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I like to sit at the front of the bus
and keek through the hole
at the driver's heid.
As he pulls on the wheel
and gives the odd cuss,
he disnae ken I'm there.
You can see the hale world fae the tap of a bus:
turbans and burkas, saris with cardis,
kilts with Doc Martens,
Hoodies and Neds in Burberry caps,
Morningside ladies in sensible hats.
Traffic-wardens, grey as sharks
with fluorescent stripes, circle
ready tae strike.
The blind man's dug sits obediant at the kerb,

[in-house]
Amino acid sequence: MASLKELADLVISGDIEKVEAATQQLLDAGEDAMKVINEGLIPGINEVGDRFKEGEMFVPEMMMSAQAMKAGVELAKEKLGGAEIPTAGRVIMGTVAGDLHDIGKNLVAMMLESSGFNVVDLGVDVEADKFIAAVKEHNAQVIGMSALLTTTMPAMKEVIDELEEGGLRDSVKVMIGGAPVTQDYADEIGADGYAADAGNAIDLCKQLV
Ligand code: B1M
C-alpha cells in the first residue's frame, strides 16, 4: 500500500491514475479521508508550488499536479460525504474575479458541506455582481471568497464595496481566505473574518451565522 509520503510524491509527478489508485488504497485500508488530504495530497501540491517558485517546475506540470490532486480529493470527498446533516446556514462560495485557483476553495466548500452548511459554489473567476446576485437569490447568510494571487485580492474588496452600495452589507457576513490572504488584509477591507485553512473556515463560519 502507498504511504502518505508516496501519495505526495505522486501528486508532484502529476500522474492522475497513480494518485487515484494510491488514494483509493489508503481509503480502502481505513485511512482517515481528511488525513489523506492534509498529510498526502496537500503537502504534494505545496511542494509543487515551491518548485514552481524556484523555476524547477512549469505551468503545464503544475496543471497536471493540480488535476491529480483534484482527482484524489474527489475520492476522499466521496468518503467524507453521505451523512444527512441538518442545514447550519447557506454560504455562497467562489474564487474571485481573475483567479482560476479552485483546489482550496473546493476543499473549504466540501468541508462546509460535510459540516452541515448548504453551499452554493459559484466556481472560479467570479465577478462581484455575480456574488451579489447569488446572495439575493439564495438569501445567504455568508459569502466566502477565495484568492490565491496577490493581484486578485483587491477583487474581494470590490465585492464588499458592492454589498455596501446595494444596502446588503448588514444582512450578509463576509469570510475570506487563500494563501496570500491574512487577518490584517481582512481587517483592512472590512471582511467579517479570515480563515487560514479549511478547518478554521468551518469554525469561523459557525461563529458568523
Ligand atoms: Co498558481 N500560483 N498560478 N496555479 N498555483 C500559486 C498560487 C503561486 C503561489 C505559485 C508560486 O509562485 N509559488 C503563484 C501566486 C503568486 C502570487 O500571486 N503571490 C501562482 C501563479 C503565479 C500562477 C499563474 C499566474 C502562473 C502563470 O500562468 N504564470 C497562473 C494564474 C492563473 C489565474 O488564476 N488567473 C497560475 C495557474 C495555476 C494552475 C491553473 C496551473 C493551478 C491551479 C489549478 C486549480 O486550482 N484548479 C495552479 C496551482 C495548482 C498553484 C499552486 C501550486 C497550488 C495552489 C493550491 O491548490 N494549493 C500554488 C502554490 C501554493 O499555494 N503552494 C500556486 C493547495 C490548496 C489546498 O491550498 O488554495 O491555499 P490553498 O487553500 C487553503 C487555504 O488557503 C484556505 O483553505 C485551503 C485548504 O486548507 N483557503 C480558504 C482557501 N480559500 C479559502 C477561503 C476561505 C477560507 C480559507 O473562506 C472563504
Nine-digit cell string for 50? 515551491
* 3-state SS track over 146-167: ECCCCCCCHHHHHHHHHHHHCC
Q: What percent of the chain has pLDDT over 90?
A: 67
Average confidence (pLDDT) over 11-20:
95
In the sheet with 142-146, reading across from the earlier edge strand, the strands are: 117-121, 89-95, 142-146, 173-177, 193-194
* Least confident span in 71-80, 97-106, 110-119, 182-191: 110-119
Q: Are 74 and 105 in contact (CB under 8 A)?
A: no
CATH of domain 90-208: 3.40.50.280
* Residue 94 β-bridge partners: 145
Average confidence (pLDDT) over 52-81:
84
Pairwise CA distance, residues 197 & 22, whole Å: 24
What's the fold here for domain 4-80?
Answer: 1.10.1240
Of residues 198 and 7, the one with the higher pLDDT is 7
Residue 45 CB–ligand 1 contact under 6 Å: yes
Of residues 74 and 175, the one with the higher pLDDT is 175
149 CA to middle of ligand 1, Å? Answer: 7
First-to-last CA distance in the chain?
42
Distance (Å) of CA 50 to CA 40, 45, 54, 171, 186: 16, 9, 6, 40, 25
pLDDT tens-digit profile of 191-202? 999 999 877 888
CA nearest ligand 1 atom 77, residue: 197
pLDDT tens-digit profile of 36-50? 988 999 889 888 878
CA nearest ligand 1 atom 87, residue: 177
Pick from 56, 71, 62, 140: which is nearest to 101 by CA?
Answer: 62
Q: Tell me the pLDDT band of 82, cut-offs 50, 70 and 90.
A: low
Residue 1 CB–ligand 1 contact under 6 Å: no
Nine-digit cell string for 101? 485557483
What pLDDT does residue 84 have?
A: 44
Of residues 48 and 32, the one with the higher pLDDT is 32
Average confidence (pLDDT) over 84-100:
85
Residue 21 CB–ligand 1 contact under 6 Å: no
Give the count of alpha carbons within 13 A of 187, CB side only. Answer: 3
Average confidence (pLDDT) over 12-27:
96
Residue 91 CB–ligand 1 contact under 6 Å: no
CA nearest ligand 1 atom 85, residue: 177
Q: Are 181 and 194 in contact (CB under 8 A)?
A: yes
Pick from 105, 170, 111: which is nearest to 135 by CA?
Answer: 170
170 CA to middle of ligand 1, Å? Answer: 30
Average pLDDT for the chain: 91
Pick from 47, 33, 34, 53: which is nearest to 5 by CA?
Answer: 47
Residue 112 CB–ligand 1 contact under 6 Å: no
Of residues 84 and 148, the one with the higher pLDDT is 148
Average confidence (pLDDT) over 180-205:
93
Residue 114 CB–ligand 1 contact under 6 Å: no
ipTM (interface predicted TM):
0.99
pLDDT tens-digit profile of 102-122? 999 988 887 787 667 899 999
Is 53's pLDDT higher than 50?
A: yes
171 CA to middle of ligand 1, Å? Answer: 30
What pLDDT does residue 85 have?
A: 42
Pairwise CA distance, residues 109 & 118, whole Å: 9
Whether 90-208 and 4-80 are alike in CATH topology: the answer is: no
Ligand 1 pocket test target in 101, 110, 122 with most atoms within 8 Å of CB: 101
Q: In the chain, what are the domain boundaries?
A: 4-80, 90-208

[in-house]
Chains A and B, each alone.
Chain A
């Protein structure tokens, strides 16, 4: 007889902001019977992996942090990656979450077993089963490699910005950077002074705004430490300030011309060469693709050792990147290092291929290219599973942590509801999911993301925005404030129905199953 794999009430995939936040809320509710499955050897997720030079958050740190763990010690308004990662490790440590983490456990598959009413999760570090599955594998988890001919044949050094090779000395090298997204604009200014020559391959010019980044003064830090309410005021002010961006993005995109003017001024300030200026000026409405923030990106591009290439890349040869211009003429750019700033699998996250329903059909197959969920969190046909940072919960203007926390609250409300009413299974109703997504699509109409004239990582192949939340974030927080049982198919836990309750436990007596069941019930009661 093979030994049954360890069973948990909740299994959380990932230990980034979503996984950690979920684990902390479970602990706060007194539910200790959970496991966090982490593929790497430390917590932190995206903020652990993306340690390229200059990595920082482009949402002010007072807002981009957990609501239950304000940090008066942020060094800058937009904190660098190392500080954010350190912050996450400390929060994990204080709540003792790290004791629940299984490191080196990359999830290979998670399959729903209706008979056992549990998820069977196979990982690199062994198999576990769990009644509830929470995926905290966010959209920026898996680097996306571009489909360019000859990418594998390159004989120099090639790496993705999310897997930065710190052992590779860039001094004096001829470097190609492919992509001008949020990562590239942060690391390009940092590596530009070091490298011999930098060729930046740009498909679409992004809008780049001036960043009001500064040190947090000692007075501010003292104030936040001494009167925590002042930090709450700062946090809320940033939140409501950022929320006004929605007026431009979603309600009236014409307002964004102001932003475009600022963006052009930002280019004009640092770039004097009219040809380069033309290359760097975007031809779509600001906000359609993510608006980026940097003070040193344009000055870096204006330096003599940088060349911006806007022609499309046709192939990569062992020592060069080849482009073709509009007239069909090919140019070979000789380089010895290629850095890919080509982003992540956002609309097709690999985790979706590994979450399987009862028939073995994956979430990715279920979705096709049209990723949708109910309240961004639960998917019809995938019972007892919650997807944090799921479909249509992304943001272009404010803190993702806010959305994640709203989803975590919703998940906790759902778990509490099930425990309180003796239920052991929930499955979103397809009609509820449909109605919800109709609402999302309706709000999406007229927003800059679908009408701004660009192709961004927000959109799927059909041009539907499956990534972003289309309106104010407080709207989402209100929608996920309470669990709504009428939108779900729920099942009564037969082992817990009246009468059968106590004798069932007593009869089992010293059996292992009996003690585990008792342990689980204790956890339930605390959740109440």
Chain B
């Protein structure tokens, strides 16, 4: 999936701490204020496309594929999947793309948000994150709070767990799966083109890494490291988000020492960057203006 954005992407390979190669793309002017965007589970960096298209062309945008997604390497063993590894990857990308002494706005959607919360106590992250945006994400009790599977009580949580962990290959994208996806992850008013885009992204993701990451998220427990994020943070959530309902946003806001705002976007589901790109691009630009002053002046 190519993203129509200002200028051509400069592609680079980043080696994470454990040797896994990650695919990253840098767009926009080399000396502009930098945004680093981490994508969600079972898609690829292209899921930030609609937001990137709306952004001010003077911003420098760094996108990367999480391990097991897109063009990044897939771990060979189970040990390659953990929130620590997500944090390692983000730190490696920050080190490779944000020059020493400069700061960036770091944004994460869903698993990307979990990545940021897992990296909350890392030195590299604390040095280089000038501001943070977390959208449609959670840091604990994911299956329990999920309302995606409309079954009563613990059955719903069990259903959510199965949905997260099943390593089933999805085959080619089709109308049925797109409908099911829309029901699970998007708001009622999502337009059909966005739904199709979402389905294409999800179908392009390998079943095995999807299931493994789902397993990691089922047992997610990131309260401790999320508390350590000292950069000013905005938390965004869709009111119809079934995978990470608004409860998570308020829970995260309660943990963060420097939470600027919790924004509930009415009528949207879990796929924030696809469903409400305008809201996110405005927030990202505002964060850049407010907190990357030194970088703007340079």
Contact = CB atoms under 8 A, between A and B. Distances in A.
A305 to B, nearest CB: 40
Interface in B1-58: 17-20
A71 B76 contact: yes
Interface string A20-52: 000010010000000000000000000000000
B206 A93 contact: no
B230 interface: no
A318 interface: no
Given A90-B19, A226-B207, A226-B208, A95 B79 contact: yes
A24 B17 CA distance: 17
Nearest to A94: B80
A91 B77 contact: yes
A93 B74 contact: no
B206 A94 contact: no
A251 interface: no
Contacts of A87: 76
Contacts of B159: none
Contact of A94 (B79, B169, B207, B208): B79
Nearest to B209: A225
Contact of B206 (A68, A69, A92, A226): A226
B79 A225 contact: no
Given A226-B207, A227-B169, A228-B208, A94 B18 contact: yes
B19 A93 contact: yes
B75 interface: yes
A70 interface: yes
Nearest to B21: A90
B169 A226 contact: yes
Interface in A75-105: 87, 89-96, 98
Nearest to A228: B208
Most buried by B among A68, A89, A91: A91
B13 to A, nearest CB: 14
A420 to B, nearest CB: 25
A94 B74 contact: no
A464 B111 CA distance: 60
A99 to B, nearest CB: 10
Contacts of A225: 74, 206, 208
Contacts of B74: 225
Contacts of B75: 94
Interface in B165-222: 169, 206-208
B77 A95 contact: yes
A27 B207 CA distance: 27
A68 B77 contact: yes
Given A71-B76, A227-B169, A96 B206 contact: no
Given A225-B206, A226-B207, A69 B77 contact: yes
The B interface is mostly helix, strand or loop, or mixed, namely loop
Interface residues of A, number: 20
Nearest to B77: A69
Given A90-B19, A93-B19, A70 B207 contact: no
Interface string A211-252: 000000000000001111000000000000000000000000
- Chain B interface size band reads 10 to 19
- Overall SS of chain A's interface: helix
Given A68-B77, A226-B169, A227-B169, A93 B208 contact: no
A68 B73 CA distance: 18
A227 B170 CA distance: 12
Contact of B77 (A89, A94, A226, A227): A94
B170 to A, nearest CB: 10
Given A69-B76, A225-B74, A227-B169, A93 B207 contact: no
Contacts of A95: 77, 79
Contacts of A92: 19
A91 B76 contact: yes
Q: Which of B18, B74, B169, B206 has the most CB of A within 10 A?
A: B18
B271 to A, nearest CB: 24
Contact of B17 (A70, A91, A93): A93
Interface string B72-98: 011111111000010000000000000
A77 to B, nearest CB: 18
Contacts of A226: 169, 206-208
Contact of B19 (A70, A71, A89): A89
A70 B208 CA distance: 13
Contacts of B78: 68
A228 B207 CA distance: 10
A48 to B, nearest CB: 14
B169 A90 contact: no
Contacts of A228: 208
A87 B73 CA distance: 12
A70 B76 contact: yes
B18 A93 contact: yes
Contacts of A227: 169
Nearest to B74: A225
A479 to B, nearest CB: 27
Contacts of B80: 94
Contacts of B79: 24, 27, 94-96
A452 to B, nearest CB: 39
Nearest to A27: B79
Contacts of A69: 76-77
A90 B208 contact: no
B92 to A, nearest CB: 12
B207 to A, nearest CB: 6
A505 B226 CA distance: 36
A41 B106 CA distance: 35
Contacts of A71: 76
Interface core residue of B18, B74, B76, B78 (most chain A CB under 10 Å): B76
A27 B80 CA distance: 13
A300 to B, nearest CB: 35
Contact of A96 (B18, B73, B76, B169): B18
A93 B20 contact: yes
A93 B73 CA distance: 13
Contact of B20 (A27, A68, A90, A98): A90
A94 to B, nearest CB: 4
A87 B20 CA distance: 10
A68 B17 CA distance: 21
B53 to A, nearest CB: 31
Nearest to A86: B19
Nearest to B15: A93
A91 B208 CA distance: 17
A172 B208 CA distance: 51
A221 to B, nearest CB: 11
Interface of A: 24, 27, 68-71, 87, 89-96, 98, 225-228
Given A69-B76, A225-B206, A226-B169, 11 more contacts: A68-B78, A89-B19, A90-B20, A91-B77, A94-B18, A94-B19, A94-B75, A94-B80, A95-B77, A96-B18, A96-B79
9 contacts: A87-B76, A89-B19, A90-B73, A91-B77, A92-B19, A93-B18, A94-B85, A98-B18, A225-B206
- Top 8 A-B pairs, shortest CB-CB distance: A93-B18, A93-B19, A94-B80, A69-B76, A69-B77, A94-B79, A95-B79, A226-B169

his flesh flabby.
I'd gie him a guid run.
We stop-start, shoogled aboot in our seats
by traffic cones, road-works,
jay-walkers and drunks.
Crash go the branches
as we lean intae a corner.
Hold tight! Ting! Ting!
We fall doon the stairs.
Published in 'The Thing that Mattered Most: Scottish poems for children' edited by Julie Johnstone (Black & White Publishing, May 2006) and in 'Reading Round Edinburgh' edited by Lindsey Fraser and Kathryn Ross (Floris Books, 2007).